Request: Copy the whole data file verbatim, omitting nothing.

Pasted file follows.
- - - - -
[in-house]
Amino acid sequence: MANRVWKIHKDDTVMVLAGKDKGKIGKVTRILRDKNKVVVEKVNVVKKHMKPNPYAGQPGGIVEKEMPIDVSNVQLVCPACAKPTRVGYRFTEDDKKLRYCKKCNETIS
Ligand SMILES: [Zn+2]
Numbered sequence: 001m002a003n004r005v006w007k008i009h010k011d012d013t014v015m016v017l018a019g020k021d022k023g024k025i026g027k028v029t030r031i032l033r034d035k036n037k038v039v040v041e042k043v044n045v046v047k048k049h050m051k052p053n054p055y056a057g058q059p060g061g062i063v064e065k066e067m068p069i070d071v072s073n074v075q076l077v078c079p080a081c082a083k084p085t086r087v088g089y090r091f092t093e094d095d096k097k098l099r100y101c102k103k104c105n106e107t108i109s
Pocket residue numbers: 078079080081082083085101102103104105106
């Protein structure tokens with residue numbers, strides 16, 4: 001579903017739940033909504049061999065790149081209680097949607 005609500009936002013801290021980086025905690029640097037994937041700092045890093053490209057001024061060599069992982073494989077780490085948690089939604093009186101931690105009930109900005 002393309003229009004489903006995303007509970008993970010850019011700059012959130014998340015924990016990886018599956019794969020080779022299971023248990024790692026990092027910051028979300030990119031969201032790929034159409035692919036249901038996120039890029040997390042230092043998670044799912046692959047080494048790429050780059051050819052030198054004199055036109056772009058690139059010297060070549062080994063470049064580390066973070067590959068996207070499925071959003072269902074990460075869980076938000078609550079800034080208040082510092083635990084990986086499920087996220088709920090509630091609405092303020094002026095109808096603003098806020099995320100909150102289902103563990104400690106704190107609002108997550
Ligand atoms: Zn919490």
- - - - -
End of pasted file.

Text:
[in-house]
Amino acid sequence: MANRVWKIHKDDTVMVLAGKDKGKIGKVTRILRDKNKVVVEKVNVVKKHMKPNPYAGQPGGIVEKEMPIDVSNVQLVCPACAKPTRVGYRFTEDDKKLRYCKKCNETIS
Ligand SMILES: [Zn+2]
Numbered sequence: 001m002a003n004r005v006w007k008i009h010k011d012d013t014v015m016v017l018a019g020k021d022k023g024k025i026g027k028v029t030r031i032l033r034d035k036n037k038v039v040v041e042k043v044n045v046v047k048k049h050m051k052p053n054p055y056a057g058q059p060g061g062i063v064e065k066e067m068p069i070d071v072s073n074v075q076l077v078c079p080a081c082a083k084p085t086r087v088g089y090r091f092t093e094d095d096k097k098l099r100y101c102k103k104c105n106e107t108i109s
Pocket residue numbers: 078079080081082083085101102103104105106
């Protein structure tokens with residue numbers, strides 16, 4: 001579903017739940033909504049061999065790149081209680097949607 005609500009936002013801290021980086025905690029640097037994937041700092045890093053490209057001024061060599069992982073494989077780490085948690089939604093009186101931690105009930109900005 002393309003229009004489903006995303007509970008993970010850019011700059012959130014998340015924990016990886018599956019794969020080779022299971023248990024790692026990092027910051028979300030990119031969201032790929034159409035692919036249901038996120039890029040997390042230092043998670044799912046692959047080494048790429050780059051050819052030198054004199055036109056772009058690139059010297060070549062080994063470049064580390066973070067590959068996207070499925071959003072269902074990460075869980076938000078609550079800034080208040082510092083635990084990986086499920087996220088709920090509630091609405092303020094002026095109808096603003098806020099995320100909150102289902103563990104400690106704190107609002108997550
Ligand atoms: Zn919490």